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Old 13th Jan 2008, 22:58
  #39 (permalink)  
 
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It would be interesting to know the Datcon difference between a new trainee in a 22 and a 44. As the 22 time is rotors running, all the time warming up and shutting down is charged for (and counts towards the magic 45). If we plot a 65 hour pass rate, in a 22 the real flying time is considerably less. So although a 44 will cost more per hour, you may pass in "less" hours. Autorotations are free after all in a 44!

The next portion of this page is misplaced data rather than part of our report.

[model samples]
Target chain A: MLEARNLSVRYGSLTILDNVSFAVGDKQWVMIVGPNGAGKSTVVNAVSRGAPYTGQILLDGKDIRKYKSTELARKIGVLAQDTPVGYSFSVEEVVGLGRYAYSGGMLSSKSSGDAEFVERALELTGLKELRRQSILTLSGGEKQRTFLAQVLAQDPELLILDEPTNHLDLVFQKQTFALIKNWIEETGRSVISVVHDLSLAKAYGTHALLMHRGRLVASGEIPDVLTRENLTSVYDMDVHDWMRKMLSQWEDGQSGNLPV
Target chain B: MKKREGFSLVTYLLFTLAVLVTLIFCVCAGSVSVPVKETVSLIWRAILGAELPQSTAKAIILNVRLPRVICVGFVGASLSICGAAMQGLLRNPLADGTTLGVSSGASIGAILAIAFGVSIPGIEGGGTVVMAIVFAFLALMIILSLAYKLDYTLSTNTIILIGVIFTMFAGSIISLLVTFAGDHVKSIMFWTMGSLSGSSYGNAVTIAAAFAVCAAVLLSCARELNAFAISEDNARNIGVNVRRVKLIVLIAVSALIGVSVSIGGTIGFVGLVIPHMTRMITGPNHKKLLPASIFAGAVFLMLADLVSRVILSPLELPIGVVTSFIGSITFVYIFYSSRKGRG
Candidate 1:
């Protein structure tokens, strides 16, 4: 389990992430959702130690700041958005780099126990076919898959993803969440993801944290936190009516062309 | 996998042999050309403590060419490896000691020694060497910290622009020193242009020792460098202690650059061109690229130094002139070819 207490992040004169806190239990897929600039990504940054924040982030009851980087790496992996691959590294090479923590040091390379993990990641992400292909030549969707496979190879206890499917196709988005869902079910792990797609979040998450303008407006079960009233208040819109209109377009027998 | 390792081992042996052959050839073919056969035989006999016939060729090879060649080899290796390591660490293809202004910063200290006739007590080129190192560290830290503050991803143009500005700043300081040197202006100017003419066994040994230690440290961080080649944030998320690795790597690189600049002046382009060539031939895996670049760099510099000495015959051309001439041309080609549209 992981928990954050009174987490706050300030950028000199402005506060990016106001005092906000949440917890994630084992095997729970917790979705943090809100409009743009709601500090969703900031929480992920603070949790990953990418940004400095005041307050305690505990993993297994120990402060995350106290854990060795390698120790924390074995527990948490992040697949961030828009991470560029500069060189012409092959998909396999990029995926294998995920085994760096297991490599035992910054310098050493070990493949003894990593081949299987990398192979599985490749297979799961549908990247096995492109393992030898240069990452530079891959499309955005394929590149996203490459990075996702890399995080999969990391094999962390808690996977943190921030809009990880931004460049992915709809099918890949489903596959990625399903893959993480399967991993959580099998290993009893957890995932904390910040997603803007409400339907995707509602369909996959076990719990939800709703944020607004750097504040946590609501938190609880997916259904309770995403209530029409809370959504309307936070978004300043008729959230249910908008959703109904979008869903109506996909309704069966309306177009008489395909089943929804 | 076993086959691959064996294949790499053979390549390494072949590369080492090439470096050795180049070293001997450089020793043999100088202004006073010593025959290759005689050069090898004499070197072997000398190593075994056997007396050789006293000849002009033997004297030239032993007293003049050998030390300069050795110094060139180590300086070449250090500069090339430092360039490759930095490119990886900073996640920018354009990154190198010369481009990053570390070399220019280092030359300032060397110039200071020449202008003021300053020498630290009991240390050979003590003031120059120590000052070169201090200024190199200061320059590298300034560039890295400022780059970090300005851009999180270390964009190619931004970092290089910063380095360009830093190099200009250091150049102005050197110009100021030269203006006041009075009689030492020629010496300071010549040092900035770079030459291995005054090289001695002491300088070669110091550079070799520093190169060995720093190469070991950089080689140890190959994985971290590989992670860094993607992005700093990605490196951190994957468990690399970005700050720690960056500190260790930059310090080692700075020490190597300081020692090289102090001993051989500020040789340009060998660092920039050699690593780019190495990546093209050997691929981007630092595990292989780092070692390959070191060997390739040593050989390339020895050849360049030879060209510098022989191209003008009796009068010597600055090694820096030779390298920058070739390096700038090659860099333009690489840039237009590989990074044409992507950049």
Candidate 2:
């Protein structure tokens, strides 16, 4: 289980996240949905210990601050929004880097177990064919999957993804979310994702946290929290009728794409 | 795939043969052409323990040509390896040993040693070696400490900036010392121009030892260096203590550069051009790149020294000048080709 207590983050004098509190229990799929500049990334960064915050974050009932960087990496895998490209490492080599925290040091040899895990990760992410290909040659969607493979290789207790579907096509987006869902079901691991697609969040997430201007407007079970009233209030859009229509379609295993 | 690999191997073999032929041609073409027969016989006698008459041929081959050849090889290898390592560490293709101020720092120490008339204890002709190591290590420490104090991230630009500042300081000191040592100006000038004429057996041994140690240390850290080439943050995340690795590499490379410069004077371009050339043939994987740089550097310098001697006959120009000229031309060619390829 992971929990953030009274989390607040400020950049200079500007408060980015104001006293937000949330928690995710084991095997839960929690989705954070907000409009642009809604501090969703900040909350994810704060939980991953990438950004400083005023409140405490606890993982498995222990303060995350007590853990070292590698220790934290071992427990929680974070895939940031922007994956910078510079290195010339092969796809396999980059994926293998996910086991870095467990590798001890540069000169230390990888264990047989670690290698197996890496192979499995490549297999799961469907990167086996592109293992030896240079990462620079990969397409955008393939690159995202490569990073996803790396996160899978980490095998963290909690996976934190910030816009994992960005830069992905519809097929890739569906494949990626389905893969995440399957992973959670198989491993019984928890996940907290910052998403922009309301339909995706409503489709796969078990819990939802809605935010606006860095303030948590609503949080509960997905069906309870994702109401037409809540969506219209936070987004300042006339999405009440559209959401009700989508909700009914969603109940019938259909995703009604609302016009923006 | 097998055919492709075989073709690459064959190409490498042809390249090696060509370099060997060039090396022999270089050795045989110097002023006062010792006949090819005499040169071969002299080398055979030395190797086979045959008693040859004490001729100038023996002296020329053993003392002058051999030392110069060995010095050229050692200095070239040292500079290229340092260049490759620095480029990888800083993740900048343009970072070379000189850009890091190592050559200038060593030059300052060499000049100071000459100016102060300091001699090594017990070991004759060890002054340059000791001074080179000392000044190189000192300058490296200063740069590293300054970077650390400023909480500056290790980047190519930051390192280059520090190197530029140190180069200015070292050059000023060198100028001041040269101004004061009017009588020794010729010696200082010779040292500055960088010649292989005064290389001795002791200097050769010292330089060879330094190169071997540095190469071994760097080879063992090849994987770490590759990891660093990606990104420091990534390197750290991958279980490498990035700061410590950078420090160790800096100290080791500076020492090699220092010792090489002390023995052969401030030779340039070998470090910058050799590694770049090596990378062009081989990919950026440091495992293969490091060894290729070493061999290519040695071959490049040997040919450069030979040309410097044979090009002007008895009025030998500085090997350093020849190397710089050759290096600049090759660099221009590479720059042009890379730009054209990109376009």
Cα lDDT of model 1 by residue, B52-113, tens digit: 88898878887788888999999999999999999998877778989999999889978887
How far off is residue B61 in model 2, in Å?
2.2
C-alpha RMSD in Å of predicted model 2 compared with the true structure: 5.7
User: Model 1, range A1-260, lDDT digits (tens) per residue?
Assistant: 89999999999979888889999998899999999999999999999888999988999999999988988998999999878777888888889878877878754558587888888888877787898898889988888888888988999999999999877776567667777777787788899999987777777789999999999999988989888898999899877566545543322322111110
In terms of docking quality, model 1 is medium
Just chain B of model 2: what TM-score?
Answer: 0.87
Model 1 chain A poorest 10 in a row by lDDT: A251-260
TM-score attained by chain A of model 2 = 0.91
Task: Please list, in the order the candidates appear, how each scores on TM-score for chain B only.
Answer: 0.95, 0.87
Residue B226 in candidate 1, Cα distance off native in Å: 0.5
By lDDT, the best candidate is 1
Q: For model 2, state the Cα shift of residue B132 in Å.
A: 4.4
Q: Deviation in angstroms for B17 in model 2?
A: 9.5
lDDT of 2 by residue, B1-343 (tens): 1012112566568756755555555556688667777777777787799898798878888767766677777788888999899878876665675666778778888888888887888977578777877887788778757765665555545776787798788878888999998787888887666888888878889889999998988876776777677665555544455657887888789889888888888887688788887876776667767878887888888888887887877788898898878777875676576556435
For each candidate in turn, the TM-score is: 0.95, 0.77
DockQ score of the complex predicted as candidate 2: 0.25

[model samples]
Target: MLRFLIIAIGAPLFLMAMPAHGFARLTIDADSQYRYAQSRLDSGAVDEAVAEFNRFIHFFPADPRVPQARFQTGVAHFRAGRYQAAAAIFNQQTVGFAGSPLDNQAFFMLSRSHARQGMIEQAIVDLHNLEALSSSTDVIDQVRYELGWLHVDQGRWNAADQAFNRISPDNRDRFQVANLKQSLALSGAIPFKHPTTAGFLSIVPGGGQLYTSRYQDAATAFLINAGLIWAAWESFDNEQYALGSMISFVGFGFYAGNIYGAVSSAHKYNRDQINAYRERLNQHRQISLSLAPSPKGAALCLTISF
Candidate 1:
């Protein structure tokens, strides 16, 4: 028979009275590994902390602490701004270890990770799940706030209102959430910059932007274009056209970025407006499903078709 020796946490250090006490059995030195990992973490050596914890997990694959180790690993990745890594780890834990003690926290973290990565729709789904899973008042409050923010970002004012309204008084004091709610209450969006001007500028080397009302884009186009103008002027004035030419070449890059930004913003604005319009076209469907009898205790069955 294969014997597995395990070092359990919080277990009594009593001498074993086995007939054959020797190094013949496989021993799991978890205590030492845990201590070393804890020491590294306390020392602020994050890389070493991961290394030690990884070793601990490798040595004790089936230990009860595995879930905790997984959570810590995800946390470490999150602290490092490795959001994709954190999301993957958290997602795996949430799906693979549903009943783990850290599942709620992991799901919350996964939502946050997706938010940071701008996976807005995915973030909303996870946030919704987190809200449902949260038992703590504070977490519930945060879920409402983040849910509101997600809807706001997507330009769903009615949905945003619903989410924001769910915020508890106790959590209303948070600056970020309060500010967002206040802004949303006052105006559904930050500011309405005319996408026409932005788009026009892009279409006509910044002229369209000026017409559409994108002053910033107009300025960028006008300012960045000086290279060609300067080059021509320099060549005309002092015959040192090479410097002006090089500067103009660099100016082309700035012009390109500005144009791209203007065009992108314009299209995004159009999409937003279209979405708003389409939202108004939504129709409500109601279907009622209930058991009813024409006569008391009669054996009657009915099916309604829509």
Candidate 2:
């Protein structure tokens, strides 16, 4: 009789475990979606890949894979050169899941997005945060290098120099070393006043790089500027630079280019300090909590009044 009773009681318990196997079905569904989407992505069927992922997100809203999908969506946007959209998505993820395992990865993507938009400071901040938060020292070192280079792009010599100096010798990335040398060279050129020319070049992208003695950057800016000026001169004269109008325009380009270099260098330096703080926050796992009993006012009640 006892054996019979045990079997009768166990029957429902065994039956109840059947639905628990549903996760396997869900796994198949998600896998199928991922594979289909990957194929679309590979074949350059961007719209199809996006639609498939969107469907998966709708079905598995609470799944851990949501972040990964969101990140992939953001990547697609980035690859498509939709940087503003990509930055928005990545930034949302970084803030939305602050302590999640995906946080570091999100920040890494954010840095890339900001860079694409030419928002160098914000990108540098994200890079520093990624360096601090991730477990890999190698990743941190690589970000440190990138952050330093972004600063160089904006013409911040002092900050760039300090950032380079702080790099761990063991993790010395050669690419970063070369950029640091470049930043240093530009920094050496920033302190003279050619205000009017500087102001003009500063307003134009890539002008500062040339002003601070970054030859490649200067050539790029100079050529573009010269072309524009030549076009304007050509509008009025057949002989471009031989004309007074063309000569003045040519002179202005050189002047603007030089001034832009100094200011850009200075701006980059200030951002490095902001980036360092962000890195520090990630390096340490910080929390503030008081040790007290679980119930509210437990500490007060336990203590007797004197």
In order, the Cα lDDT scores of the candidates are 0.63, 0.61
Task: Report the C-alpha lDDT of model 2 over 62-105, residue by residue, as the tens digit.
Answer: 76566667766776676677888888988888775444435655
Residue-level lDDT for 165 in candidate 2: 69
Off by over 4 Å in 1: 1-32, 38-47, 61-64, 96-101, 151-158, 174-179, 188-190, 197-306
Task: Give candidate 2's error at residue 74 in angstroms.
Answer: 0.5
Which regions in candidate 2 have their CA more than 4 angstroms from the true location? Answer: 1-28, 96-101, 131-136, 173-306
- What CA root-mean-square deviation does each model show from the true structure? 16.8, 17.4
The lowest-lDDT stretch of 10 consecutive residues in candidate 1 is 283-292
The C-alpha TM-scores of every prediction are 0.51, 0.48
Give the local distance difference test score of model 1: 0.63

Thoughts?
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Old 13th Jan 2008, 23:21
  #40 (permalink)  

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From Lasors - Appendix B to Section A

The total time from the moment a helicopters rotor
blades start turning until the moment the helicopter
finally comes to rest at the end of the flight and the rotor
blades are stopped.



Therefore, the amount of time logged shouldn't make any difference; the time charged by the school may well differ though as will the time on the Tech Log!

Cheers

Whirls